- North-West Ridge, Alpine II
Second ascent of the peak, August 1930 by E. Clarke, W. Cleveland, M. Davis, J. Forkes, B. Jefferson, F. McCulloch, M. MacLeod and D. Sharpe. From camp in upper Coronet Creek, then to the col on north end of Coronet Mountain then to west scree slopes.
We used snow patch
just left of centre
to mid flat ridge
Summit on far right,
round top under blue sky
Let the slog begin
Since we gain west slopes from the north col, we were further north than required, but we found a nice raising scree ramp. From the alpine meadows west of Coronet a more direct line of the scree could reduce this distance. We travelled up a couple of large snow patches near the top of the slope and made the North-West Ridge on a flat, middle section of ridge in the first photo above.
Getting close to snow patches
View to Mt. Mary Vaux
View to Mt. Warren & Mt. Brazeau
On NW ridge, view to first
Nearing first, fore summit
Just below first summit
As you gain height of the west slopes the views get better, and of course, once on the North-West Ridge the view to Mt. Warren and Mt. Brazeau is excellent. On the ridge the first section is fairly flat, then solid scree and boulders up the lower north summit. Cool cornices along the east side of the ridge as you gain height to the fore summit. Once on the lower summit the view to the main summit is impressive. A relatively short ridge section of moderately steep snow on glacier ice leads to the summit. The snow ranged from 5 to about 15 cm deep. A few small crevasses were found, but easy to step over. A slightly lower rock summit had a collapsed cairn, but no register. Worried about cornices, we belayed to the higher snow summit, no cornice, just a nice rounded snow cone.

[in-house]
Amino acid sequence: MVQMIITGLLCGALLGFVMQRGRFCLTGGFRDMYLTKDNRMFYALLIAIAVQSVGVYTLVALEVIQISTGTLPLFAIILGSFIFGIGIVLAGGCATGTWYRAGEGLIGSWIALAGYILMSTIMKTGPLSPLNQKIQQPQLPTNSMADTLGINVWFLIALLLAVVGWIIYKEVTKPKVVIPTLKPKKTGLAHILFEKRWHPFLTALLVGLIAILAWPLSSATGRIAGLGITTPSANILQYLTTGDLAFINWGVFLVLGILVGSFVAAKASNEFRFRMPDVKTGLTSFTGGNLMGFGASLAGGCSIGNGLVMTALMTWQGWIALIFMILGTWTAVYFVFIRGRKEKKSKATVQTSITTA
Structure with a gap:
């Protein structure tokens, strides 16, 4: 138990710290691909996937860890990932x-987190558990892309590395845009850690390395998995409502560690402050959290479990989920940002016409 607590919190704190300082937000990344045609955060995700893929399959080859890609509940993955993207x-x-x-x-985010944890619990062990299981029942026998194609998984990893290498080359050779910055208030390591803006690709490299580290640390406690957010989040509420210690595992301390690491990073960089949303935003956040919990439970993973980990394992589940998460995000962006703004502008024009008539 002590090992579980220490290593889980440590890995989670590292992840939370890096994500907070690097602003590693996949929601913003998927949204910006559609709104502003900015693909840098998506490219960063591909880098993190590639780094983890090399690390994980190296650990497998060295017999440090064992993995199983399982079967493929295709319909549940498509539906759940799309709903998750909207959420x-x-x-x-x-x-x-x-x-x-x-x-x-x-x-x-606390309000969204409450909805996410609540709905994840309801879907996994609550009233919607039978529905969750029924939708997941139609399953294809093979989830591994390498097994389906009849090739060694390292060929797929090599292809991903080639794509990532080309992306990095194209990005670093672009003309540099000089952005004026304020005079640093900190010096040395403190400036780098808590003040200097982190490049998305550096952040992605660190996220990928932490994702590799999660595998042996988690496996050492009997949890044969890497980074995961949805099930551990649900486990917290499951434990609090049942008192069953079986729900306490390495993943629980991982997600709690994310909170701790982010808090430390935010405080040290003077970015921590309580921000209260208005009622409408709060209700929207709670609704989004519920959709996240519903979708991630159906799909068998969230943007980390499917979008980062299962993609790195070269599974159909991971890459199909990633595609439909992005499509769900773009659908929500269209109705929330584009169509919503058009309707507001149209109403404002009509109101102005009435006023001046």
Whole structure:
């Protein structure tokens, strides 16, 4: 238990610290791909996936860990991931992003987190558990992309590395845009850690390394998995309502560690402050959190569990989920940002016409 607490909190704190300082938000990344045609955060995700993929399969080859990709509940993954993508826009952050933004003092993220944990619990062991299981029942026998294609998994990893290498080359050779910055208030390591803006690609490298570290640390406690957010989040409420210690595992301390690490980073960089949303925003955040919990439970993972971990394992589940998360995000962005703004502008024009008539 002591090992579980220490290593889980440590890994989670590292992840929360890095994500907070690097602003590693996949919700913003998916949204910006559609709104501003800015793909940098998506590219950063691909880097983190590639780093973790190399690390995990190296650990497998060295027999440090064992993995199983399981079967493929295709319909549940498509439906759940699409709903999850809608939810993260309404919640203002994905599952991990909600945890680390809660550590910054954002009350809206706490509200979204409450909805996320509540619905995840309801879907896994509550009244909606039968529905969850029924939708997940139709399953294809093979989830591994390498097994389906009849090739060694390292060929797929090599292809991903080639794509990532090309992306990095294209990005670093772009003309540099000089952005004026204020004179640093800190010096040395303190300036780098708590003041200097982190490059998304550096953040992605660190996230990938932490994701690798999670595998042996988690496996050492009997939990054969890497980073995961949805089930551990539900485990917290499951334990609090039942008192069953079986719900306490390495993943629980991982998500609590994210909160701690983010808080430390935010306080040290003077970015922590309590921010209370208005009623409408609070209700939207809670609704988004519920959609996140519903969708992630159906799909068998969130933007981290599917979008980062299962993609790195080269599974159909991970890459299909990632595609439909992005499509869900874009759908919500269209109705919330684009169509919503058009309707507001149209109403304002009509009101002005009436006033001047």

First view to main summit
View from summit back to ridge
On descent, looking back
Kevin roped and
leaving fore summit
Kevin gunning for
On descent, back to first
Steven on highest snow summit
The boys on the rock summit
View back on descent
We descended the same route and made quick time back to our bivy, long hike back to the parking lot.
Climbing boots, crampons and helmet (mainly for loose scree on descent). Standard glacier travel and crevasse rescue gear; depending on snow coverage and comfort/skill level, pickets or ice screws, pulleys, locking carabiners and carabiners, slings and prussiks. Probe is useful for detecting crevasses.
If ski or winter mountaineering avalanche rescue gear is essential; beacon, probe and shovel.
High altitude camping gear for bivy camp. We had overnight temperatures of -1 C (30 F) in mid July. Rain/snow storm shell, down jacket, waterproof climbing (ski) boots and good camp food.
Boles, G.W., Kruszyna R. & Putnam W.L. (1979). The Rocky Mountains of Canada South. 7 th edition. New York: American Alpine Club, Alpine Club of Canada. Out of print